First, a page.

The Civil 3D Subassembly Composer allows us to construct our own customized Subassemblies for use in our Corridor Assemblies. Autodesk has released a number of really useful PKT files over the last few releases of Civil 3D. Sadly, some folks don’t bother to test and employ them. Others do.
One of those other Civil 3D users saw the earlier videos in the ongoing Corridor Station Label series of posts. That person asked a substantive question,
“Does the Corridor Station Label method work if you use (Subassembly Composer) PKT files?”
The questioner is from the Show Me state. That calls for a short video. He did promise to vote for a new US Senator. Eheh. Certainly, there were some other details about the Corridor Station Labels method to cover including another report to use.
Corridor Station Labels and PKTs
The iPOD (Intelligent Publish on Demand) workflow for Corridor Station Labels works fine if your PKT file is properly constructed. A call for proper PKT construction brings up a point…
Manage the Name Calling or Be Coerced into Wasted Time
Doesn’t Coerced into Wasted Time sound like an old Eagles tune? Oh. Never mind.
I do like to remind people to try to employ the Civil 3D stock subassembly codes namespace for the Point, Link, and Shape codes in their PKTs as much as possible. If you watch the video carefully, you will see the subtle results of not doing that important quality control work.
The Thievery of Chaos
Attention to these naming details helps reduce the need for lots of different Code Set Styles and the resultant mandatory Civil 3D user tweaking of them during a production day to get your Corridor results displayed and published properly.
This is one of those little foxes that erodes Civil 3D user productivity, adds wasteful confusion, and steals man-hours.
Get the Framework for Civil 3D and help reduce the Thievery of Chaos.
Stock Subassembly Codes
You can find the C3DStockSubassemblyScripts.codes file in the typical Civil 3D install location:
..\ProgramData\Autodesk\C3D <Release>\enu folder.
This is a .csv text file.
Use a copy as a reference.
The Civil 3D API employs the .codes files to also perform language translations of the stock codes.
Don’t even think about tweaking it unless you already employ customized and standardized network deployments of the Civil 3D install.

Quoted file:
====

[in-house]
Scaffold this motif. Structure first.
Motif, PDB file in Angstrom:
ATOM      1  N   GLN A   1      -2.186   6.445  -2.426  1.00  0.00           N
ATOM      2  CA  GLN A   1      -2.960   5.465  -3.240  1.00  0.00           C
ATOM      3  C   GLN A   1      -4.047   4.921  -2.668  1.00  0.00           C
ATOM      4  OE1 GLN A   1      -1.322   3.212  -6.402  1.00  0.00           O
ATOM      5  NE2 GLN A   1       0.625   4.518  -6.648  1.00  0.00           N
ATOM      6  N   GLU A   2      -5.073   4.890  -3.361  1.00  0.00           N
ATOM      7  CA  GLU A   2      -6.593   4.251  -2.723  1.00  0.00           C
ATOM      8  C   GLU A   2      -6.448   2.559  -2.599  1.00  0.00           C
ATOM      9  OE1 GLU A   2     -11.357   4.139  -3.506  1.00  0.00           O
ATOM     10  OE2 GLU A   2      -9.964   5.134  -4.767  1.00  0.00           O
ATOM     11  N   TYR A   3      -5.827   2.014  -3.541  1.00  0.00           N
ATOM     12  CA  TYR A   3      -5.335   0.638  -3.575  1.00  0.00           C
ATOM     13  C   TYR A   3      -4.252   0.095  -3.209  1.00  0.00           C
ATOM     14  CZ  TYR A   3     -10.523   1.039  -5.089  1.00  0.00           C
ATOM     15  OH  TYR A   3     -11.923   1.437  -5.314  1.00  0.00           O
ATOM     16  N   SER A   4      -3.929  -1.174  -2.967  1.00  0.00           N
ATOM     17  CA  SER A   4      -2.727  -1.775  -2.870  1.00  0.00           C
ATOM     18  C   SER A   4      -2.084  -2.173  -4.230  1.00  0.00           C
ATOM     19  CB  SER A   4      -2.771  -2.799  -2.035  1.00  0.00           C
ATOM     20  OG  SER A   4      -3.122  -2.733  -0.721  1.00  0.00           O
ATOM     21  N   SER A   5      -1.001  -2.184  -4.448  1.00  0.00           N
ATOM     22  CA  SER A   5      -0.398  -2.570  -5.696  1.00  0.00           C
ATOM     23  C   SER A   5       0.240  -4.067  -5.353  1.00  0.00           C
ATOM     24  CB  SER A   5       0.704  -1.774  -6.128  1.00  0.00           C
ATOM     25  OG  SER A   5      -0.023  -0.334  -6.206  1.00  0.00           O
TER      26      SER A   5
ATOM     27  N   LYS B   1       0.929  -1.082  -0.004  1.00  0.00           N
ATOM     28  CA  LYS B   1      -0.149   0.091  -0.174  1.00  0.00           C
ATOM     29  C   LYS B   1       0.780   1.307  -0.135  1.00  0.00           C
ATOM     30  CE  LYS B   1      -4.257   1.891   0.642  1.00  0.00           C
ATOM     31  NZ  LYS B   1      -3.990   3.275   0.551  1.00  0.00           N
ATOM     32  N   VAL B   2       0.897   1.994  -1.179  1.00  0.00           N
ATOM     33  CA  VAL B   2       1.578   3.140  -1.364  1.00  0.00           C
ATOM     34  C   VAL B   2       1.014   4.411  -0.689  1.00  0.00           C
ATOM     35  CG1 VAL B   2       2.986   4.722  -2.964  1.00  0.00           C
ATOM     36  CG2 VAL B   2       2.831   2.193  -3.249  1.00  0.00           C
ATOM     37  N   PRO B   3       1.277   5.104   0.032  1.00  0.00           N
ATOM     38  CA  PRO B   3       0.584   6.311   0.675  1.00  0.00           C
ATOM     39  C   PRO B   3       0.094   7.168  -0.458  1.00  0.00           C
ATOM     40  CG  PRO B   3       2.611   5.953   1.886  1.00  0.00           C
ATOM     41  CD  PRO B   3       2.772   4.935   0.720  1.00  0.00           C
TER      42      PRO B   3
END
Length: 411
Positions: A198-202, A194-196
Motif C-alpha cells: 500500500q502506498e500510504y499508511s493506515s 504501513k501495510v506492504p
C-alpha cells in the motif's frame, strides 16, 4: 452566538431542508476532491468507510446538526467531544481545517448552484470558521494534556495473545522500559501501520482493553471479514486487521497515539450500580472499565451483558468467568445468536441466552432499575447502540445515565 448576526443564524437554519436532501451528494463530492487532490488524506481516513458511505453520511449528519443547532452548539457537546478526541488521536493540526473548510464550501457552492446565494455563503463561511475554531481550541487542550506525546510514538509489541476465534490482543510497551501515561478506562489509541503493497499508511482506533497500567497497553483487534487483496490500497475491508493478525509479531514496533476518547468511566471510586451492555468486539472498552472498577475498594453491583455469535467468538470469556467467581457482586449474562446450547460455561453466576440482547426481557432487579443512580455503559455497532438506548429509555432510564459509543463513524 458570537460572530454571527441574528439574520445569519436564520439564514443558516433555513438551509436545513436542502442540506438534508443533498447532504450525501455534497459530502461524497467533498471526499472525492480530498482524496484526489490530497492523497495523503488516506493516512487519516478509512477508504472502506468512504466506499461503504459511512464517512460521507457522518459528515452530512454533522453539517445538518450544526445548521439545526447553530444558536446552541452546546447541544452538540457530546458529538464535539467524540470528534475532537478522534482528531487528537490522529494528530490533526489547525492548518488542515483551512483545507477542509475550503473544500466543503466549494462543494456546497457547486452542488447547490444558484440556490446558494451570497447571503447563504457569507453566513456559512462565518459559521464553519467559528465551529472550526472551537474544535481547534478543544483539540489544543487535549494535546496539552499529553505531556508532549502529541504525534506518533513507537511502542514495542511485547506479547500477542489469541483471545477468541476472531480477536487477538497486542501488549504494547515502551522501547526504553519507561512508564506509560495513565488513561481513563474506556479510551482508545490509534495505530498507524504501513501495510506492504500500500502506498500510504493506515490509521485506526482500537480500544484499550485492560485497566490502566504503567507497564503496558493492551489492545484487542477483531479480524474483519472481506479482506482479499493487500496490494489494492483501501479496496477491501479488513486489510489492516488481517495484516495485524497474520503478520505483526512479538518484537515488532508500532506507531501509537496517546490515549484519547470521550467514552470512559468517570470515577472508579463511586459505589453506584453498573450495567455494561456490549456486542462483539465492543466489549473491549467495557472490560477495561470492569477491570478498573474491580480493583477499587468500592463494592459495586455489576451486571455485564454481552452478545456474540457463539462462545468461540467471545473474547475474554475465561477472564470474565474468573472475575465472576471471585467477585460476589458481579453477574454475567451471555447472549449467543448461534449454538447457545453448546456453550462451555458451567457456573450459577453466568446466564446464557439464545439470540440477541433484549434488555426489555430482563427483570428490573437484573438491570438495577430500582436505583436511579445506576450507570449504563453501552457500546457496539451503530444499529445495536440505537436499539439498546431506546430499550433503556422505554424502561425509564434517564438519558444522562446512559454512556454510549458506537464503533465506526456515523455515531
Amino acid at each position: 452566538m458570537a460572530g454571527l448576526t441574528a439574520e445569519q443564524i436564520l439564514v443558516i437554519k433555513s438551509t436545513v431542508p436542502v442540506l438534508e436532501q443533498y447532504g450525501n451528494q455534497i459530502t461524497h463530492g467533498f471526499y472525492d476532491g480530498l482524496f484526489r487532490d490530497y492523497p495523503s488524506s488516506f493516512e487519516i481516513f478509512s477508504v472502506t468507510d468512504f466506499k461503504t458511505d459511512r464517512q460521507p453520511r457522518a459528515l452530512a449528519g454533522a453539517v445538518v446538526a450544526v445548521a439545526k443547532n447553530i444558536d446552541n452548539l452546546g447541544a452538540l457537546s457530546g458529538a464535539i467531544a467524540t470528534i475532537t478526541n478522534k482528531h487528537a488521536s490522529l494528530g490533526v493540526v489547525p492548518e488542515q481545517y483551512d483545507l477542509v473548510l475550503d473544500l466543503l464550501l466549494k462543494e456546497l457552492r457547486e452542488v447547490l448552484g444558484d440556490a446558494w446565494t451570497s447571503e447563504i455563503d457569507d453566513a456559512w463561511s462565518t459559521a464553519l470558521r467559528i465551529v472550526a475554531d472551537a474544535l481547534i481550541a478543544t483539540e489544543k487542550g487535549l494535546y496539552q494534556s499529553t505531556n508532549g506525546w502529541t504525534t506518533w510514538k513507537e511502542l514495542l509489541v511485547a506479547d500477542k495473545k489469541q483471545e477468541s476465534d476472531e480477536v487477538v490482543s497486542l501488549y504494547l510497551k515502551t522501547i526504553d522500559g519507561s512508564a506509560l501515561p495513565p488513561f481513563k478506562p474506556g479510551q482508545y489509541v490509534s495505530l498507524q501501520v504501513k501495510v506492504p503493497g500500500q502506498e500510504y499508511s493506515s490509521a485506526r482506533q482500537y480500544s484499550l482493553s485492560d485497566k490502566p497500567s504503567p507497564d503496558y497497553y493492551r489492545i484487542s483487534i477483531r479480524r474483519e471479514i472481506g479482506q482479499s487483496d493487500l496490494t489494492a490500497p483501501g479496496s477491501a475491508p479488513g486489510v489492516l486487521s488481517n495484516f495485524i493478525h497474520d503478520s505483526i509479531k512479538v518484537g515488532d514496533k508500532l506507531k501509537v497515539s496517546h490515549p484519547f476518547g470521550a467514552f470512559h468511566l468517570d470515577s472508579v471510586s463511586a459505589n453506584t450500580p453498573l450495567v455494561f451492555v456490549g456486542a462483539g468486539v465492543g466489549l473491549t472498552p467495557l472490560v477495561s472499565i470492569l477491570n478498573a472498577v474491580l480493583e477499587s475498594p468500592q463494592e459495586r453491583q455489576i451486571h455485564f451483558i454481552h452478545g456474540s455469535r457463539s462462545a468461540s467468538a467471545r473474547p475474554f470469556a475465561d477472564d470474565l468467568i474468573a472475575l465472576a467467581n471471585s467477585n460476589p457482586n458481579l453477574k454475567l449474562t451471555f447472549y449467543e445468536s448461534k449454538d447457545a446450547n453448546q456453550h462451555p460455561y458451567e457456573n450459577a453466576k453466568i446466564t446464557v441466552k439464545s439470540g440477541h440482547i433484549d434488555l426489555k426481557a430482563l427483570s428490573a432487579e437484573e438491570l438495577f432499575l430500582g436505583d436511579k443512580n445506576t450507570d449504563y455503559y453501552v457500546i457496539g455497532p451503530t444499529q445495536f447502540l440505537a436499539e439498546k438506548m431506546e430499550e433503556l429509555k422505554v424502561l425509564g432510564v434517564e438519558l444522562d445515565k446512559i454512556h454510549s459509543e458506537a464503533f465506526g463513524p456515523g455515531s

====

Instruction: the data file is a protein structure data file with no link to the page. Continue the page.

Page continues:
It is far easier to manage Code translations with Description Key Sets than to tweak these .codes files from a long-term maintenance perspective. Yes, those Description Key Sets are in the Framework for Civil 3D.
Framework for Civil 3D Resources
If you own a copy of the Framework for Civil 3D you already have .dwg examples of all the stock subassemblies and enhancement PTKs in Jump Kit’s Style library. You also get the Subassembly Codes Spreadsheet Tool to help manage these dicey details more systematically. Hmmm? That reminds me it might be time for a Subassembly Codes Spreadsheet Tool update AddOn.
Help Yourself to Some Useful QAQC
You can actually QAQC the codes inside any of the Autodesk supplied example PKT files with the Civil 3D Subassembly Composer with some care and attention. This is a good way to learn SAC - practice on a copy. Yes. You will still have to deploy the updates to the few PKT files that you choose improve and use.
Here is a question.
Will Autodesk replace the Subassembly Composer with an Inventor platform solution that works in Civil 3D, Infraworks, and Revit for better integrated Component Roads and subassemblies?
We shall see, won’t we?
You might want watch the New in Infraworks 2019.2 webinar and pay attention to Generic Objects my friends. We supply a handy timeline to the webinar on the page linked above.
Accelerate Your Productivity with the Data Behind
Get the Framework for Civil 3D
Corridor Station Labels Post Series
- The relationship between Civil 3D Project Template Placeholders and ToolBox Report based annotation
- How to create Corridor Station Labels on Feature Lines in Civil 3D
- The nuanced details of How to create and maintain Corridor Station Labels on Feature Lines
- Corridor Station Labels with PKT-based subassemblies, QAQC, and the Section Points Report